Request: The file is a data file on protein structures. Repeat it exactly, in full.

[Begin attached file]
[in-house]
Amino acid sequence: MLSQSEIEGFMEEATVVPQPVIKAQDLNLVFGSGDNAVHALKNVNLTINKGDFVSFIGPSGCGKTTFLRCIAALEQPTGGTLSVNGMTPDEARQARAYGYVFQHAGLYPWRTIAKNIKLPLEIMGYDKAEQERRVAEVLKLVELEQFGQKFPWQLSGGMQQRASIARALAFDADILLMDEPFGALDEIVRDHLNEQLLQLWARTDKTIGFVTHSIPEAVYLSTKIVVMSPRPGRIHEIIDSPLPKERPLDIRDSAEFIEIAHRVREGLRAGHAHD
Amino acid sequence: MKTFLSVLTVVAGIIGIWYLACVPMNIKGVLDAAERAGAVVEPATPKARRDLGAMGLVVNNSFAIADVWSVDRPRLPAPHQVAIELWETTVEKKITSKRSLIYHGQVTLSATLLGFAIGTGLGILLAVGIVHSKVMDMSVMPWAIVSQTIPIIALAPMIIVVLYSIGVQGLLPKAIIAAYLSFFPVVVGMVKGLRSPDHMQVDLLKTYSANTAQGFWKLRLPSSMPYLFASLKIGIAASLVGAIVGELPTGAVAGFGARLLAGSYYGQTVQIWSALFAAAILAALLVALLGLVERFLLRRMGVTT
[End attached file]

[in-house]
Amino acid sequence: MLSQSEIEGFMEEATVVPQPVIKAQDLNLVFGSGDNAVHALKNVNLTINKGDFVSFIGPSGCGKTTFLRCIAALEQPTGGTLSVNGMTPDEARQARAYGYVFQHAGLYPWRTIAKNIKLPLEIMGYDKAEQERRVAEVLKLVELEQFGQKFPWQLSGGMQQRASIARALAFDADILLMDEPFGALDEIVRDHLNEQLLQLWARTDKTIGFVTHSIPEAVYLSTKIVVMSPRPGRIHEIIDSPLPKERPLDIRDSAEFIEIAHRVREGLRAGHAHD
Amino acid sequence: MKTFLSVLTVVAGIIGIWYLACVPMNIKGVLDAAERAGAVVEPATPKARRDLGAMGLVVNNSFAIADVWSVDRPRLPAPHQVAIELWETTVEKKITSKRSLIYHGQVTLSATLLGFAIGTGLGILLAVGIVHSKVMDMSVMPWAIVSQTIPIIALAPMIIVVLYSIGVQGLLPKAIIAAYLSFFPVVVGMVKGLRSPDHMQVDLLKTYSANTAQGFWKLRLPSSMPYLFASLKIGIAASLVGAIVGELPTGAVAGFGARLLAGSYYGQTVQIWSALFAAAILAALLVALLGLVERFLLRRMGVTT